• Developing and testing various strategies to communicate risk to patients to determine effectiveness on clinical outcomes, including adherence to lifestyle and drug therapy and risk factor levels.

The committee also agreed that several research gaps could be best addressed through the use of other study designs.  These high priority areas included:

  • Examining the impact on risk estimation when either currently available and new biomarkers or non-invasive imaging is included in the risk equation; determining if the inclusion of socio-economic characteristics improves risk prediction; and determining the impact of time-varying medication use and changing risk factor level on risk estimates.

Implementation of Cardiovascular Guidelines

The final area of discussion was on the planned report regarding the implementation of cardiovascular guidelines.  The original purpose of this report was to review and evaluate potential strategies to assist in the widespread implementation of the newly released guidelines.  While this report has not yet been completed, representatives from the group did discuss the process and potential knowledge gaps.  Important areas of potential future research include:

  • Examining the role of the sociocultural environment of patients (including race/ethnicity, gender, and health literacy) on successful implementation of cardiovascular guidelines.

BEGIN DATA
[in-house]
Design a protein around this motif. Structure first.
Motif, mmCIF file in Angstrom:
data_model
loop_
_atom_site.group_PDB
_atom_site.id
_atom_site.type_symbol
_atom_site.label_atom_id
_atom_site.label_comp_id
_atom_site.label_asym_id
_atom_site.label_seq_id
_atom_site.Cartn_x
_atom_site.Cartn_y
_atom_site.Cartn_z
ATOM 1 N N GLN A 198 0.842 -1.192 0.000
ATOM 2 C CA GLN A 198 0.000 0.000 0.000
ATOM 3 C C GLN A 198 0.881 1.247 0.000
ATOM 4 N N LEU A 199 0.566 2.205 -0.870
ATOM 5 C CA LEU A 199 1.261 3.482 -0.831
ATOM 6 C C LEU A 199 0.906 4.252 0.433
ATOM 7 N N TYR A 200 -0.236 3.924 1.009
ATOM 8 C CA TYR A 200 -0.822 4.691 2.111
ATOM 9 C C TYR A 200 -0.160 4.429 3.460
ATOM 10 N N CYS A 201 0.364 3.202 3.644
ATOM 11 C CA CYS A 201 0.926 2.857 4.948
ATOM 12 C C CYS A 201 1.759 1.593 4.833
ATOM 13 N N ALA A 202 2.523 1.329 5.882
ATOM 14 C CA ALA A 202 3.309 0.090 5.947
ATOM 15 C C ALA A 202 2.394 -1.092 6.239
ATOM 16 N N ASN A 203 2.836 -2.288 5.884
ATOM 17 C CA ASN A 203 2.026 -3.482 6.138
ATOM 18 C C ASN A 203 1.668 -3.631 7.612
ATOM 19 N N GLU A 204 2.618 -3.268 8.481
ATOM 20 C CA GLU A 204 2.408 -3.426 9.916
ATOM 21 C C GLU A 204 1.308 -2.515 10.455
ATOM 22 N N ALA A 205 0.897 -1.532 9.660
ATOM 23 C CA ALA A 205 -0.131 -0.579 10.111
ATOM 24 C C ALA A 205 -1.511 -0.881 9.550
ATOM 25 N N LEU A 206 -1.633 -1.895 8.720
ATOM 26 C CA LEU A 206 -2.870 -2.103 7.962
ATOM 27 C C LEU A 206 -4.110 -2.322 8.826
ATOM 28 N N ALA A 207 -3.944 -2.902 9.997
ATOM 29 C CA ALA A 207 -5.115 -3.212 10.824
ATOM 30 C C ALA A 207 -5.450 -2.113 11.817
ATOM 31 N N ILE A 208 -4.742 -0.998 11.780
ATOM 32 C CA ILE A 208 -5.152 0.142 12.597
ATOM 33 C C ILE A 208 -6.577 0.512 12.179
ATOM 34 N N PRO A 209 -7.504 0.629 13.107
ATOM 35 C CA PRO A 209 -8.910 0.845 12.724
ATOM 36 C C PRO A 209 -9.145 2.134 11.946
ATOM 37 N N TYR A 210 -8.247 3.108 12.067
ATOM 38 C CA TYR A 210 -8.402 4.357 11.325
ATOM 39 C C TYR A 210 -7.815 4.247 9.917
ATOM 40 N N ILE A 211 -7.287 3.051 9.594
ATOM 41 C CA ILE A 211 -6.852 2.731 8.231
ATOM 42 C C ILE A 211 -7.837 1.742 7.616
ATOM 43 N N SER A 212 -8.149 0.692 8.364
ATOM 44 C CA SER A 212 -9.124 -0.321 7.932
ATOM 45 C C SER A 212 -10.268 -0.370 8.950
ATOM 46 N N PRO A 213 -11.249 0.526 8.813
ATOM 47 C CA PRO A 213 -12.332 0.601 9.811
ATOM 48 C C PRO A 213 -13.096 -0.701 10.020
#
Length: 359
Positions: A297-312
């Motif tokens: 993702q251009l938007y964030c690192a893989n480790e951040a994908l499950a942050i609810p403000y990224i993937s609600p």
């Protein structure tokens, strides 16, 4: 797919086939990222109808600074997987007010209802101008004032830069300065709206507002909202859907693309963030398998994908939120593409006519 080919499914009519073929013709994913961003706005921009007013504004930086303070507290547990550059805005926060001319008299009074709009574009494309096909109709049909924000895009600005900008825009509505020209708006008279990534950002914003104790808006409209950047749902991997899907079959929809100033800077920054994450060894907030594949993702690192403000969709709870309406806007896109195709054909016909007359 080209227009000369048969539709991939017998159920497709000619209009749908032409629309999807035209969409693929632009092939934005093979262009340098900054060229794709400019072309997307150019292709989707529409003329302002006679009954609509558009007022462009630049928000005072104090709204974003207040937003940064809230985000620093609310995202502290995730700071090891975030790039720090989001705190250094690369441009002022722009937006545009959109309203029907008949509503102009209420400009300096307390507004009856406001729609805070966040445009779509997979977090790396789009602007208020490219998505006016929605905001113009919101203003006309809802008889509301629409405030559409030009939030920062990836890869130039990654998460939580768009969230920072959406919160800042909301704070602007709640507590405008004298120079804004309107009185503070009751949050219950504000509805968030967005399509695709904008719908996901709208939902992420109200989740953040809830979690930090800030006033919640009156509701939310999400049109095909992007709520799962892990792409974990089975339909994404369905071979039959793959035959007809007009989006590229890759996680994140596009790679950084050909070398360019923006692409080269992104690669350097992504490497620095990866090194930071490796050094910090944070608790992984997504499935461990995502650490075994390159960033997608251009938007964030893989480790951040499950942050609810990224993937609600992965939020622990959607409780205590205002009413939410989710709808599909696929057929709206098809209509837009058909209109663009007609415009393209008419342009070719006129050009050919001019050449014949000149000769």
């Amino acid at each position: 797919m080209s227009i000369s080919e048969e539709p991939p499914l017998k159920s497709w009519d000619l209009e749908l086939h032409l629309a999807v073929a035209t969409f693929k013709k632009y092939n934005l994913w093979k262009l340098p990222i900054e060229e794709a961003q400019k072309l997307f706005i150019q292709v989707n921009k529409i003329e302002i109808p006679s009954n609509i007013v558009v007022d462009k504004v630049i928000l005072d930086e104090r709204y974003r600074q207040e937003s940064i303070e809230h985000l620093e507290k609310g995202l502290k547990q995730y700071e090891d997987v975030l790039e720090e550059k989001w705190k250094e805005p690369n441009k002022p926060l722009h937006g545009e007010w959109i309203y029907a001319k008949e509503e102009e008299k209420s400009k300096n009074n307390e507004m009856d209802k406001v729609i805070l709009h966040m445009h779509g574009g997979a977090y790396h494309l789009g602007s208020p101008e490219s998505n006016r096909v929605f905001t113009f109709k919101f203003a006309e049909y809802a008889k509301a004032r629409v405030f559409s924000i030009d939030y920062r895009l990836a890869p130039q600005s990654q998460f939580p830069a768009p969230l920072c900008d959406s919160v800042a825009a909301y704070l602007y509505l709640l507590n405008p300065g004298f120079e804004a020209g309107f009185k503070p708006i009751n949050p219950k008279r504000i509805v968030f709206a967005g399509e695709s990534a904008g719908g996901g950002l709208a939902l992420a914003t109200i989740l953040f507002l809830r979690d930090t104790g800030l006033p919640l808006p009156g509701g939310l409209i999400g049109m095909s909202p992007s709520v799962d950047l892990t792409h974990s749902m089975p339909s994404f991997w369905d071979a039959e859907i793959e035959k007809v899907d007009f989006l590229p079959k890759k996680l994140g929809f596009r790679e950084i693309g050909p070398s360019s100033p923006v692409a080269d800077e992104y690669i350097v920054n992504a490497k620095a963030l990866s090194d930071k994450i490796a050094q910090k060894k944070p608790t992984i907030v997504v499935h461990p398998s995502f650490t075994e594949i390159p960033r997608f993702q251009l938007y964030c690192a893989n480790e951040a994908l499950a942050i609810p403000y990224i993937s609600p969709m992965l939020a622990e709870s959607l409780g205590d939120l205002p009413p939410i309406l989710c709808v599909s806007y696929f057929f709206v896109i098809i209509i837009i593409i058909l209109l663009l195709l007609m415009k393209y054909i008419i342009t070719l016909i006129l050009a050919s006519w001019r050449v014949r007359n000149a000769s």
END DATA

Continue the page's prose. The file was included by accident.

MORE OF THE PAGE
• Enhancing our understanding of best practices for the implementation of guidelines.   This could be accomplished through the development of a “Best Practices” consortium of groups with a successful track record of implementation as well as other stakeholders (including care networks, payers, governmental agencies, and others).   An evaluation of ongoing and future efforts to implement the recently released guidelines is also needed.
  • Developing interventions to improve long-term adherence to medication and lifestyle behaviors in patients.


Jennifer G. Robinson, MD, MPH
Professor, Department of Epidemiology
Director, Prevention Intervention Center
College of Public Health
University of Iowa

Alain Bertoni, MD, MPH
Professor and Chair
Department of Epidemiology and Prevention
Division of Public Health Sciences
Wake Forest University Health Sciences


Matthew Allison, MD, MPH
Associate Professor
Department of Family and Preventive Medicine
University of California, San Diego

Crystal Wiley Cené, MD, MPH
Assistant Professor
Division of General Internal Medicine
University of North Carolina, Chapel Hill

David C. Goff, Jr., MD, PhD
Colorado School of Public Health

Erin D. Michos, MD, MHS, FACC
Assistant Professor of Medicine
Johns Hopkins Ciccarone Center for the Prevention of Heart Disease
Division of Cardiology
Johns Hopkins School of Medicine

Christie Mitchell Ballantyne, MD
Professor of Medicine and Pediatrics
Chief, Section of Cardiology
Baylor College of Medicine

Wiley Chan, MD
Director, Guidelines & Evidence-Based Medicine
Physician, Internal Medicine
NW Permanente

Donald Lloyd-Jones, MD, ScM
Senior Associate Dean for Clinical and Translational Research
Chair, Department of Preventive Medicine
Northwestern University

Patrick J. O’Connor, MD, MA, MPH
Senior Clinical Investigator
Assistant Medical Director
Health Partners Research Foundation

Last Updated: March 2015